In the course of converting the energy supply to renewable energy sources, energy storage systems are also becoming increasingly important in the heat sector. So-called latent heat storage systems (also known as PCM storage systems) offer great potential: filled with special PCMs, they can store heat for longer periods of time than, for example, water storage systems and release it when required. In this case, the thermal energy is stored by changing the aggregate state from solid to liquid and remains constant until the phase transformation of the special material has been completed. Currently, there is only a limited selection of PCMs available in the temperature range of 100 to 220°C. Five partners from industry and research are seeking to meet this research need.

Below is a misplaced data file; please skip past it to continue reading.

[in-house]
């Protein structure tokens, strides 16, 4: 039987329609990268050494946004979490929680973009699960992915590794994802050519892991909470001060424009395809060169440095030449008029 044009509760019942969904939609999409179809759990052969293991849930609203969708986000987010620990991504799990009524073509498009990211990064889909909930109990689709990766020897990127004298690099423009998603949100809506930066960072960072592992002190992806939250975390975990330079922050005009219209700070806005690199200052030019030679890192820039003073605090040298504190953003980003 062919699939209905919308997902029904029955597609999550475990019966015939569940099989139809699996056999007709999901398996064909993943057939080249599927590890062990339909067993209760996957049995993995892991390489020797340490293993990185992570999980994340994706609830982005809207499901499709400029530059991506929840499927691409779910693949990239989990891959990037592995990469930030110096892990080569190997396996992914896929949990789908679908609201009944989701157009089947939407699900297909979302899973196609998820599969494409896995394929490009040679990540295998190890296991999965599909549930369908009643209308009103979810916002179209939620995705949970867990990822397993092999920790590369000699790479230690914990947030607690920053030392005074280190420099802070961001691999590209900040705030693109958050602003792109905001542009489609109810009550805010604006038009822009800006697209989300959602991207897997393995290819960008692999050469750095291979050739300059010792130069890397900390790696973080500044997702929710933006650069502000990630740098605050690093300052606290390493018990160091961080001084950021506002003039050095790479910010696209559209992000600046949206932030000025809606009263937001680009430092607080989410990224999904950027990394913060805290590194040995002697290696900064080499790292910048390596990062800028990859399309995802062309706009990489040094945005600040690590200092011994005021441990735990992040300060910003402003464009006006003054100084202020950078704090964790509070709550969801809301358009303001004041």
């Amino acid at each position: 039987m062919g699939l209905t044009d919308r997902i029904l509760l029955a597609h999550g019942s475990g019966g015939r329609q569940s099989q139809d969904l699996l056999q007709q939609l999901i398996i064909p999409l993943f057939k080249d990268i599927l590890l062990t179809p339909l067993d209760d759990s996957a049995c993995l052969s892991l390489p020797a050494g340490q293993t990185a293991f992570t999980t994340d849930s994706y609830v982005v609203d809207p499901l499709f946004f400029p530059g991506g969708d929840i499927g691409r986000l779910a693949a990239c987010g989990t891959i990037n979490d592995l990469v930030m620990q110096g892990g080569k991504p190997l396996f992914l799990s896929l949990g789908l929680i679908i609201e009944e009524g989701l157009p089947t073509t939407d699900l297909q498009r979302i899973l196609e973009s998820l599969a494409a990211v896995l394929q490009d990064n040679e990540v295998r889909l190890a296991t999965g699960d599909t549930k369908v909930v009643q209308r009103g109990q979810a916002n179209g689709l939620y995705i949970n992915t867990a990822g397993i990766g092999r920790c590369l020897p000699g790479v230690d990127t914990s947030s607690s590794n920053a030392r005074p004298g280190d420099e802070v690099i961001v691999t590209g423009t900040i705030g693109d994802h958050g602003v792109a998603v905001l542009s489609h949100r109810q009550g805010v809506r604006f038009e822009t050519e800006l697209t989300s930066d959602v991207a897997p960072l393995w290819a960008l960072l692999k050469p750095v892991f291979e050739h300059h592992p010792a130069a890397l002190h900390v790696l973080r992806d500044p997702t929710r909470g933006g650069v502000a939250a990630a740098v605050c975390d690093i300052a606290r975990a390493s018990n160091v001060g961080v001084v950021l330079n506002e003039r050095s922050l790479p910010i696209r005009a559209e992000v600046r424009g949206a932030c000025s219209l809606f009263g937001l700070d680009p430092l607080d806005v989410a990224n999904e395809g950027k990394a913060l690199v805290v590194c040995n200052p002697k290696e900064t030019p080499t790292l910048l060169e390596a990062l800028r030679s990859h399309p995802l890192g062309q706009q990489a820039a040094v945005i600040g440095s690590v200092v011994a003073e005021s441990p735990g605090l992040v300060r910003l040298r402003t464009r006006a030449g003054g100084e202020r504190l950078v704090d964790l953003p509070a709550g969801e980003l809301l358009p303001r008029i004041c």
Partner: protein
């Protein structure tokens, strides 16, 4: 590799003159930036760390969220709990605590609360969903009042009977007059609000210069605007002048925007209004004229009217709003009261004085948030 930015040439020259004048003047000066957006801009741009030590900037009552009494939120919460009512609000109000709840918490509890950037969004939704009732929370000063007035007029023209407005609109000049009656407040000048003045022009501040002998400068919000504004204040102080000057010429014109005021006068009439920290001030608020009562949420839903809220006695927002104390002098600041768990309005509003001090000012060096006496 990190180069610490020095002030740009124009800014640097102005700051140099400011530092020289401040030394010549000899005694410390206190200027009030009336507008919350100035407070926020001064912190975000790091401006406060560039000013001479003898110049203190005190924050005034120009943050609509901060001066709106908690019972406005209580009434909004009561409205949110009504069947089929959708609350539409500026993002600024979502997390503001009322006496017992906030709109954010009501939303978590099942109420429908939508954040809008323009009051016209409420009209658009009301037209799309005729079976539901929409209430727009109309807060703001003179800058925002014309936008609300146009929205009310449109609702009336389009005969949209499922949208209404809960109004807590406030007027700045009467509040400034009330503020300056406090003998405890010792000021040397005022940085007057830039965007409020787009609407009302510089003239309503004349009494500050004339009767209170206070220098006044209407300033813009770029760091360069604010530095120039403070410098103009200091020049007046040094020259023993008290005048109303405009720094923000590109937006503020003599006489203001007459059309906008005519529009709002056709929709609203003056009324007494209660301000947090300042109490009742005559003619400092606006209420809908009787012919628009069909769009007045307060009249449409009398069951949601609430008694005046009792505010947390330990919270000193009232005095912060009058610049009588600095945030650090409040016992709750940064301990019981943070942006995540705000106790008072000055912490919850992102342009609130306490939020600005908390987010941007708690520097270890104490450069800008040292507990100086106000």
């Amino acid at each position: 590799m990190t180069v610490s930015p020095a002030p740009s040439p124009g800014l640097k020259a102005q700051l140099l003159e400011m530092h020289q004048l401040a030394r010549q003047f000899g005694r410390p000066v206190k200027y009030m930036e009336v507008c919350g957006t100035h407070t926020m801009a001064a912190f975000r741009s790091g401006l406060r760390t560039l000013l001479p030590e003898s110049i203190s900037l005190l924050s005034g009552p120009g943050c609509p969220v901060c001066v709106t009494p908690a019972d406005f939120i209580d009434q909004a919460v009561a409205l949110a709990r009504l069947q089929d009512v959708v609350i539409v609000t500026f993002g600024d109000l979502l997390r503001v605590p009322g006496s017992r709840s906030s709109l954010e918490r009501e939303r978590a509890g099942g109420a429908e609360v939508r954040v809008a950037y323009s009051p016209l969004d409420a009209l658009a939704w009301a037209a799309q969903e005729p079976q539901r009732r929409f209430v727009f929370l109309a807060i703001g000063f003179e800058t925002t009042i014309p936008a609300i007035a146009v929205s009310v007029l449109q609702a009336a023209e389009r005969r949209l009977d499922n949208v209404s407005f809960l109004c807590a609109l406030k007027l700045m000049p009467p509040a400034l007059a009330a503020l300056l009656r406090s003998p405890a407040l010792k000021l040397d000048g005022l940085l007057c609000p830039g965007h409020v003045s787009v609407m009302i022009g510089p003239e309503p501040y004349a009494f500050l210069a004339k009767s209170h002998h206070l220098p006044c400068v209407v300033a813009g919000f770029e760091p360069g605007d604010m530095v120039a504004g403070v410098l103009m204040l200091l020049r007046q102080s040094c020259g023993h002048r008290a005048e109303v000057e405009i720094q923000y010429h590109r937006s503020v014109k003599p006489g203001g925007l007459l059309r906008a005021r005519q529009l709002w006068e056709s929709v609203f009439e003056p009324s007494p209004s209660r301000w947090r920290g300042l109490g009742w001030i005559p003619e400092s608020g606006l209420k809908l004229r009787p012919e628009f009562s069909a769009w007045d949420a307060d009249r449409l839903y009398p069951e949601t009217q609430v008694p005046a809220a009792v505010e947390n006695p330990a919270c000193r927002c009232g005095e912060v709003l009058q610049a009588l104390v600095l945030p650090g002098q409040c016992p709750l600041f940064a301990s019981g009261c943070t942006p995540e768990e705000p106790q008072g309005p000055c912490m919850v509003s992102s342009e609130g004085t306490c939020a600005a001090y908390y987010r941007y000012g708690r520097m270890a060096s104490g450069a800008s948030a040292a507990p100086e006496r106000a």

Part of the Prolatent project, funded by the BMWi from September 2015 to the end of February 2019, involved the project partners developing and optimising organic PCMs in the form of sugar alcohols, long-chain paraffins and alcohols, amides and polymers with melting temperatures between 100 and 200°C. The PCMs were developed in the course of the Prolatent project. Compared to other PCMs, these materials have high storage densities. Concurrently, the partners are working on a new heat exchanger concept with flow-through plates to store heat for loading and unloading PCMs. After various tests carried out on smaller-scale models, a demonstration storage tank was set up. The findings gained from this project will serve to significantly expand the range of storage media available in the high-temperature range.